Mira Rosenthal’s poetry is both stark and lyrical—stark in its themes and often forms, for the poems often exploit the white space surrounding the lines, yet also very musical, the sounds of her words repeating and revising each other. The reader can’t help but pay attention. The poems in her second collection, Territorial, (Rosenthal is also a translator of contemporary Polish poetry and has published several collections of her translations) consider the land and geography, especially the violence committed against it and its creatures. They also consider the territory of the human body, particularly the violence and threats of violence against female bodies. Most importantly, they implicitly and explicitly link environmental violence with gendered violence.
“Squirrels of North America” initially seems simply to observe that most common of rodents:
From grab to flit, from clutch to twist, through leaf
twitch to the wind’s acoustic shifts, in parks, in yards,
one splayed in the shade below a picnic table, belly
down, arms out like a kite trying to fly from summer
heat & ash that blackened the nostrils of every breathing
thing in the vicinity of a swamp in flame…
In this opening, I first notice the repeated “i” sounds: “flit,” “twist,” “twitch, “wind’s,” “shifts.” Then I notice how many of the “i” sounds are followed with a “t.” Then I notice the repeated “l” sounds, in “flit” but then also in “clutch” (which also has the “tch” of some of the other words) and “leaf.” Then in the second couplet, Rosenthal emphasizes the “a” while maintaining the consonance of the “l.” Similar sounds occur in the third couplet. A high proportion of the words are also monosyllabic, permitting a correspondingly high proportion of stressed syllables. So many sonic elements are working together here—I’m caught up in the music and nearly forget that the lines are describing the action of squirrels. If all this poem did was continue this musically energetic description, it would be fun and memorable and almost certainly successful.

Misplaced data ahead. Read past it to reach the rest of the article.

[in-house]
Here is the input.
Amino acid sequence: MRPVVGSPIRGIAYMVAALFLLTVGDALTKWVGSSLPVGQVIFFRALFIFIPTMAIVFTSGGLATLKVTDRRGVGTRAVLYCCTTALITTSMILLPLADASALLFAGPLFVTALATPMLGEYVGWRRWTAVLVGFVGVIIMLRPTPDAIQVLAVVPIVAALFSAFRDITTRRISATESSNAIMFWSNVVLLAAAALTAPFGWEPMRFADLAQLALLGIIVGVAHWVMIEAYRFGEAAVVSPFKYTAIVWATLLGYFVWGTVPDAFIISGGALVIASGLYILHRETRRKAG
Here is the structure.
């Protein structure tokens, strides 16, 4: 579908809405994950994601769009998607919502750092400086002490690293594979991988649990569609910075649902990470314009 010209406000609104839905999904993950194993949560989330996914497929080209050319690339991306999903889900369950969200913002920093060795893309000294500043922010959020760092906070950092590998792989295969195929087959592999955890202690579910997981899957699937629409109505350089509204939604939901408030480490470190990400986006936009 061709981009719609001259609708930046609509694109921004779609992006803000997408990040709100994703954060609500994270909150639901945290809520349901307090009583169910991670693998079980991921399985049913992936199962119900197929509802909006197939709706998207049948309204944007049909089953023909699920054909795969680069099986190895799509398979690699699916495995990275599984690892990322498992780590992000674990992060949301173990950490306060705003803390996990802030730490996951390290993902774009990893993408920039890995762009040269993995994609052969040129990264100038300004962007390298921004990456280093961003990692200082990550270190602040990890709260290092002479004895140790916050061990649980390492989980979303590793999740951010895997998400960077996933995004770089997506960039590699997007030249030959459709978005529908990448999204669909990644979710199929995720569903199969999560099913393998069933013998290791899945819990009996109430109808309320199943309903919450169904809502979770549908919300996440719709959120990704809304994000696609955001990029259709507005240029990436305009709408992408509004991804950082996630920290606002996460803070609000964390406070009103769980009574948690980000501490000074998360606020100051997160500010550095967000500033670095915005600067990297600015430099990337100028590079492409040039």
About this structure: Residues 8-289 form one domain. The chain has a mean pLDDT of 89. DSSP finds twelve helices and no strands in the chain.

But it does so much more. Mid-way through the poem, the speaker introduces herself: “I disappeared / down one of those paths with a nice enough guy…” She’s a teenager, trusting nature, life, and the boy she’s with: “I trusted being this far in with no other // ear to hear me.” But then the boy says, “You know, you should be / more careful.” Suddenly, her experience becomes sinister. I wonder at the boy’s motive, which seems to be both to frighten her and to position himself as heroic because he doesn’t assault her, but he can only acquire this creepy virtue by frightening her, by suggesting what he could do if he wanted. For the speaker, everything changes:
…his words spread like a blanket over my young
face to shield the stunned animal & a knot of hard
acorn lodged in my throat & I swallowed & swallowed it
down. I was safe, but only for now. The boy took
my hand, later, by the fire & fastened his fingers to mine…